Even Gandhi believed that people need the qualities that warriors once possessed, but soldiering, once a constructive rite of passage, has given up most of the glory it once held. Weapons of mass destruction have ruined war. Machine guns, planes, and nuclear weapons so alter the conduct and effects of war that it degrades much more than it enhances combatants. In this remarkable book, the author, a psychotherapist whose previous books addressed the Vietnam war and dreams in healing, surveys the history and mythology of war in general and its psychological consequences in particular.
His chapter titles include “The Soul in Slaughter,” “Eros and Aesthetics in Hell,” “Relations with the Missing and the Dead,” and “The Healing Power of Storytelling.” A straightforward and eloquent writer, he conveys caring and passion concisely, with the authority of an involved witness. Tick worked as a therapist with veterans for twenty-five years; he views standard approaches to post-traumatic stress disorder (PTSD) skeptically. He became a student of war in historical and cross-cultural perspective. The American Civil War marked the emergence of modern military conflict with the devastating effects of weapons that blasted from a distance. World War I soon eclipsed that, and a generation later, a wider, more devastating conflict ended with atomic weaponry.
“In war,” says the author, “chaos overwhelms compassion, violence replaces cooperation, instinct replaces rationality, gut dominates mind. When drenched in these conditions, the soul is disfigured.” Later, he says of combat, “Horror is married to boredom, fascination to putrescence. … Everything is rendered ultimate, just as it is in myth. The tiniest event can be charged with intensity so overwhelming that it literally reprograms the central nervous system.”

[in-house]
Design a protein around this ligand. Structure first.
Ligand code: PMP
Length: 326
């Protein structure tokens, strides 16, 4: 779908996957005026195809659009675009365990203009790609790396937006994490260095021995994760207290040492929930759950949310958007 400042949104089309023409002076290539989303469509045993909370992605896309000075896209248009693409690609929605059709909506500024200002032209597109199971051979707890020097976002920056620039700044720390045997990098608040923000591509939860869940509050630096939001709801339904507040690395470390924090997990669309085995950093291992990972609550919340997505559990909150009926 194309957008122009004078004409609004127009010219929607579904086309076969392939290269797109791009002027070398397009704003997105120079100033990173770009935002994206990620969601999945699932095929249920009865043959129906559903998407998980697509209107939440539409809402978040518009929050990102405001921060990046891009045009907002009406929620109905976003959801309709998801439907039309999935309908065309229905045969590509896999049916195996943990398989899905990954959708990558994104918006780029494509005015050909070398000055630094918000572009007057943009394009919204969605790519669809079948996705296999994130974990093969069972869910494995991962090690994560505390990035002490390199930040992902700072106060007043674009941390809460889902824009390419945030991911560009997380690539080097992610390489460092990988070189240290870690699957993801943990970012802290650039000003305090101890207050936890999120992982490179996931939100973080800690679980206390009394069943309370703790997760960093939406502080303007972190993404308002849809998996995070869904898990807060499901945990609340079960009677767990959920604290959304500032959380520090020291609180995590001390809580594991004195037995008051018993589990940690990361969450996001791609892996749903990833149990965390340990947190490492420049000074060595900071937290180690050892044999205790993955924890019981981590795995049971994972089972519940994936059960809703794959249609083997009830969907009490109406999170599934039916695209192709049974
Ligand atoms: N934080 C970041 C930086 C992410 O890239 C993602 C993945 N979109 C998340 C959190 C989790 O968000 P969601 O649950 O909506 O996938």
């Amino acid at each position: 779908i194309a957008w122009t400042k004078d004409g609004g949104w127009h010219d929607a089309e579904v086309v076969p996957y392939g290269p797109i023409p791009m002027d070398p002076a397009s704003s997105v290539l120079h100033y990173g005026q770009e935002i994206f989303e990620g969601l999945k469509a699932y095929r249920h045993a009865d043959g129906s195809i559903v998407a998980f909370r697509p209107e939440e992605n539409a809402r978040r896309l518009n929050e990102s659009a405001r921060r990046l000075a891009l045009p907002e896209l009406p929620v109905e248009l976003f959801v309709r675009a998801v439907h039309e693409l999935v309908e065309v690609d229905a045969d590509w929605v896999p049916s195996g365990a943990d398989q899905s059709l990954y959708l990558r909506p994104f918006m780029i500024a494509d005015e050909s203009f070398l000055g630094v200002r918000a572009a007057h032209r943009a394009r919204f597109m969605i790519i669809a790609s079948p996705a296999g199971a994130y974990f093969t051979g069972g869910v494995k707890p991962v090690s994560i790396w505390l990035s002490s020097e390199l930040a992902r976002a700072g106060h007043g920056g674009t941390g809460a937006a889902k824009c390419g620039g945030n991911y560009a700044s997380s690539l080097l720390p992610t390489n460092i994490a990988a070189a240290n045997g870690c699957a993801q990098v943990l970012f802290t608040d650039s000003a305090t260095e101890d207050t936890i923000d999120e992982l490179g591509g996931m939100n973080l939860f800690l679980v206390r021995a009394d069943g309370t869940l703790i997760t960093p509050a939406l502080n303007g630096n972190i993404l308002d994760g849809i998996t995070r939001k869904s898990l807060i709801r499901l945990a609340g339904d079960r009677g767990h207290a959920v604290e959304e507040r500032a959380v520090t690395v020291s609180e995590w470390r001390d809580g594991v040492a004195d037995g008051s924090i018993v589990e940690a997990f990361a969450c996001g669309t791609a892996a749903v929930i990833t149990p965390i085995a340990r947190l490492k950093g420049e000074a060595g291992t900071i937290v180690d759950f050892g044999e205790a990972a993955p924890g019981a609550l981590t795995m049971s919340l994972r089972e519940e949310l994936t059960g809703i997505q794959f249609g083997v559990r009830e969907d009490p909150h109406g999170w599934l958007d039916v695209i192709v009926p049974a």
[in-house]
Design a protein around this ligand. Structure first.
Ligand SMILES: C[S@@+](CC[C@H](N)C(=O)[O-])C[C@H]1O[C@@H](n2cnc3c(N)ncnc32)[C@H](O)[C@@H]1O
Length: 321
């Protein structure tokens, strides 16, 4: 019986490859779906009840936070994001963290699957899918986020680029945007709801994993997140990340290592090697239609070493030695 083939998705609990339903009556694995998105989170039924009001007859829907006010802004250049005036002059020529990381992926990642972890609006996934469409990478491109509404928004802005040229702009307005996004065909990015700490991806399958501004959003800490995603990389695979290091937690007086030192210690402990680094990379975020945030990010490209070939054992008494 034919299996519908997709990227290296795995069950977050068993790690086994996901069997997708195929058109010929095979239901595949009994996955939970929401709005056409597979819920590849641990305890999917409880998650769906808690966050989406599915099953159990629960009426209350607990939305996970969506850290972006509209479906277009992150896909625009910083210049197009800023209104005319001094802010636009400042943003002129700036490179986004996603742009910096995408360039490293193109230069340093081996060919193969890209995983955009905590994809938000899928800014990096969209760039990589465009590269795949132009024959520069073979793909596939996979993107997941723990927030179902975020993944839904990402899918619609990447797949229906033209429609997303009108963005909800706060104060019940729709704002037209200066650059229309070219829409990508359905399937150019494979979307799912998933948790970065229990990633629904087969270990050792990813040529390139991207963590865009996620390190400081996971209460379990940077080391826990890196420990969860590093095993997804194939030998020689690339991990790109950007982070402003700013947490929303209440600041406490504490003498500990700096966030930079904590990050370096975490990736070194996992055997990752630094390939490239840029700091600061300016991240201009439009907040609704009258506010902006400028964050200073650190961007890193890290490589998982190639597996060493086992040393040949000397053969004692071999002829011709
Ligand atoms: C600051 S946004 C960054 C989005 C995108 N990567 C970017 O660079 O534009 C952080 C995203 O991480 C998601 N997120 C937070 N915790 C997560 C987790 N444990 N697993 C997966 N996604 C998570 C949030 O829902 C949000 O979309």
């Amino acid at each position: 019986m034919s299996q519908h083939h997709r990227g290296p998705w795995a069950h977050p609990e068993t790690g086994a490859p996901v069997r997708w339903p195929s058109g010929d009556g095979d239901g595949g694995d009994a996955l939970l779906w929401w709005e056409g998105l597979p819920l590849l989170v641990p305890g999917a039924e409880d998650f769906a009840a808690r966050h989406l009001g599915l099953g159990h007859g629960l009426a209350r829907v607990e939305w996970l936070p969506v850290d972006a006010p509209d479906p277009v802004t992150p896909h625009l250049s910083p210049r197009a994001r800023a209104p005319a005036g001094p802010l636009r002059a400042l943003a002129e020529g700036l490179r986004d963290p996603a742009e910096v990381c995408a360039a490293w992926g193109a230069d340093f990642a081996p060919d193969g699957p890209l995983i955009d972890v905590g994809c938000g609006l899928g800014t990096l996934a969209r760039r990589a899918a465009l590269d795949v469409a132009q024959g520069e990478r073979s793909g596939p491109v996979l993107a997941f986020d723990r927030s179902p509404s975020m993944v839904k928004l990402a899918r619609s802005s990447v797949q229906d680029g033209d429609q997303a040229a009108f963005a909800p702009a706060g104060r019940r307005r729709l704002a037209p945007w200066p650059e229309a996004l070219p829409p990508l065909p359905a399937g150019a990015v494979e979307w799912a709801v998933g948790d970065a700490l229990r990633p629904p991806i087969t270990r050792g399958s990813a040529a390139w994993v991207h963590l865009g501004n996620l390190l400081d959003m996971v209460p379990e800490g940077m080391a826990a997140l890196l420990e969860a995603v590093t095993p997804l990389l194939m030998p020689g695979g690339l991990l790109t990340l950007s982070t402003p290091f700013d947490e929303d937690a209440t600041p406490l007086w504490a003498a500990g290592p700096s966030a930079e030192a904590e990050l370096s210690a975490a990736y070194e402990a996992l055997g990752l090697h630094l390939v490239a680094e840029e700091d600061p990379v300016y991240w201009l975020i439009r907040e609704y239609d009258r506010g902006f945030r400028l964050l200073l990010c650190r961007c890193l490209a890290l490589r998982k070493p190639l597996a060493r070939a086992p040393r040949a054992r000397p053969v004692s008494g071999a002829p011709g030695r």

At the tribal and national level, war represents divine will, participation in which requires subordination of individual will coupled with elevation of the warrior to heroic status. War used to be a disciplined rite of passage: in some “primitive” societies, combat ended with the first casualty. War functioned as a kind of extreme sport, a proof of manhood; now it undoes men, families, even nations that have come to depend on it. Inhibitions must die in order to create killers. War becomes a reality show only mimicked in video games, never to be shown on television, where recruitments ads beckon: “Be all you can be.”
The author points out that up through the Civil War, senior officers led their troops into battle. Now the “brass” take their positions safely in the rear. This transforms battle from a mentored rite of passage to something quite different. With destruction at a distance, often indiscriminate (civilians), survival trumps heroism as a goal. Even that survival is weighed down with shame and guilt. The ancient values of maturation, heroism, and sanctity have faded away.
Tick quotes relevant sources from Heraclitus to Chris Hedges (War is a Force that Gives us Meaning, 2003), including psychiatrist Robert Jay Lifton, psychologist James Hillman, war biographies, poets, movies, and his patients. People idealize war, he writes, because they need its awesome mythology, its ready connection to the divine, its simplifying ideology. They cannot weigh its real costs, including PTSD, once known as “soldier’s heart” or “nostalgia.” The old, soulful terms imply a return to normal, to wholeness that was damaged, not just by “shell shock” but by killing—an inversion of moral values. Soldiers dehumanize other people in order to kill them, but later, with survivor guilt, veterans question their very souls as victims inhabit memory rehumanized. Conventional therapy for PTSD, which emphasizes medication and avoids moral and spiritual issues (like “soul”) fall short, even as the incidence of the syndrome rises in the current war in Iraq.